As people complete or complain about the outcomes of their college basketball March Madness brackets, money is in the air. Betting is abundant; so is watching television to see game outcomes. Dollars are spent on bracket parties. People are buying jerseys and other memorabilia. College spirit, evidenced through ticket sales, is on the rise.
Green is the real color of the events.
And yes, the student athletes get none of this money. Ostensibly, they can’t and don’t bet; they don’t share in the revenues generated from the March Madness activities directly (their home institution does of course) and they don’t get dollars from the use of their name and likeness – no matter how often it is used or sold.
These outcomes lead many to criticize the whole March Madness event and extrapolate from there to critiquing all of collegiate sports. To be sure there is much about which to complain. Scandals abound (look at conviction of former president of Penn State). Most student-athletes never make it into the NBA or their sports’ equivalent. Some are injured. Many in the “elite” sports at the “elite” programs (don’t read Ivy League here; read Kentucky and Kansas and UNC) don’t earn a degree.
It is easy to criticize March Madness but I have a vastly different take on this — without condoning cheating and lying and injuries. Ask this question of yourselves; it is the same one I ask myself repeatedly: Were it not for these athletic programs, where would these student-athletes be?
I can tell you one place they would not be: college.
And, it is true that a goodly number of the students playing in March Madness are not in college to learn from their professors – even at non-elite programs. Many do not do the assigned academic work or if they do the work assigned, they don’t do it as a priority (or on their own). Many student athletes are spending so much time on their sports, even if they are academically inclined. The reality is that varsity teams do not have time to partake in the many activities on a campus – from lectures to exhibits to musical performances to clubs. And, to be sure, the latter might not interest them.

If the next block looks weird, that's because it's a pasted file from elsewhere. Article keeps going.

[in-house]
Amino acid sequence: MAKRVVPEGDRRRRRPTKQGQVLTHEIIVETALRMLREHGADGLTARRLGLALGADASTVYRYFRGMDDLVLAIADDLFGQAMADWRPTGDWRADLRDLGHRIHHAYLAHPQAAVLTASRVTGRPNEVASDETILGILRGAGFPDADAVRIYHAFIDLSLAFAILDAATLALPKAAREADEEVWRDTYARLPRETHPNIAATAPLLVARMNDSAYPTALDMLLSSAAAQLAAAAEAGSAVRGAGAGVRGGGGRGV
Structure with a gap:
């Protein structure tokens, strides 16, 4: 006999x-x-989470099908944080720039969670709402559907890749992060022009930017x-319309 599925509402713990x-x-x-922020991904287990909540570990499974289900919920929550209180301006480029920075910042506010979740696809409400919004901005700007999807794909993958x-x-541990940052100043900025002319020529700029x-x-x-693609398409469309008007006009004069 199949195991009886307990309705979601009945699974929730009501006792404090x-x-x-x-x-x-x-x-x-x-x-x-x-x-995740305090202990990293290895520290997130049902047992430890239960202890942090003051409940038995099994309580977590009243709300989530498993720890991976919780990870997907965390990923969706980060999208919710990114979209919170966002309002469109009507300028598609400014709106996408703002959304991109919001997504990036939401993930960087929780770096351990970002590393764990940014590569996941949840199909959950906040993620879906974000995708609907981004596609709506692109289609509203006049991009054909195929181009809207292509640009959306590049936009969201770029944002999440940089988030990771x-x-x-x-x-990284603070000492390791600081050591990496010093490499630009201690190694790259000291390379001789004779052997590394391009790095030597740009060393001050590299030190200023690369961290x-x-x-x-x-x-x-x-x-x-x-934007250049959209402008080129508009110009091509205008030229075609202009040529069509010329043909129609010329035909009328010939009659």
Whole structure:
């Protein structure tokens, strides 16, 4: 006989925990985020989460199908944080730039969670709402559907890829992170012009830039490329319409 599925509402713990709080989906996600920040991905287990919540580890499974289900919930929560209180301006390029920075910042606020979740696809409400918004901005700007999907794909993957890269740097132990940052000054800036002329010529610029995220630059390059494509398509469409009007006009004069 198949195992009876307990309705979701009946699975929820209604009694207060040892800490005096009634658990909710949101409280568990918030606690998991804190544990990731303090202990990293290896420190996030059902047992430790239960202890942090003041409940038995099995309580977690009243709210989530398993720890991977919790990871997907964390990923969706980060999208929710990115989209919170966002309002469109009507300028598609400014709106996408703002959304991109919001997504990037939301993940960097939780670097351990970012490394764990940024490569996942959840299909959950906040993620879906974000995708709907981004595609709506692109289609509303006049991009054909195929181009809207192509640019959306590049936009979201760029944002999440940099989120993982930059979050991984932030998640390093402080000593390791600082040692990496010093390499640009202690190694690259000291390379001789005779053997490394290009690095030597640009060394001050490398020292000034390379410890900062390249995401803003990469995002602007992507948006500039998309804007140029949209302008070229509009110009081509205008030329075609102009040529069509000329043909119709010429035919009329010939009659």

But, pause for a moment, move away from collegiate athletics and reflect on the value and importance of osmosis. Look at that science term for more than a nano-second. One of the definitions is “a subtle or gradual absorption or mingling.” Stated differently, student-athletes on a campus actually do learn something just by being exposed to a college. If you sit in on a class for a year, even if you never crack a book, you do learn something. You do take in some ideas that are new to you. You do see learning happening. You do get that there is actually something happening in that classroom.
And, when you spend a year on a college campus, particularly if you live on campus and see and eat with other students, you are exposed to learning – psychosocial learning. You see people engaging and talking and sharing. You see people of all shades, sizes, and genders living and working together – as roommates, as study-mates, as friends.
And, you may have no awareness of the learning that is occurring.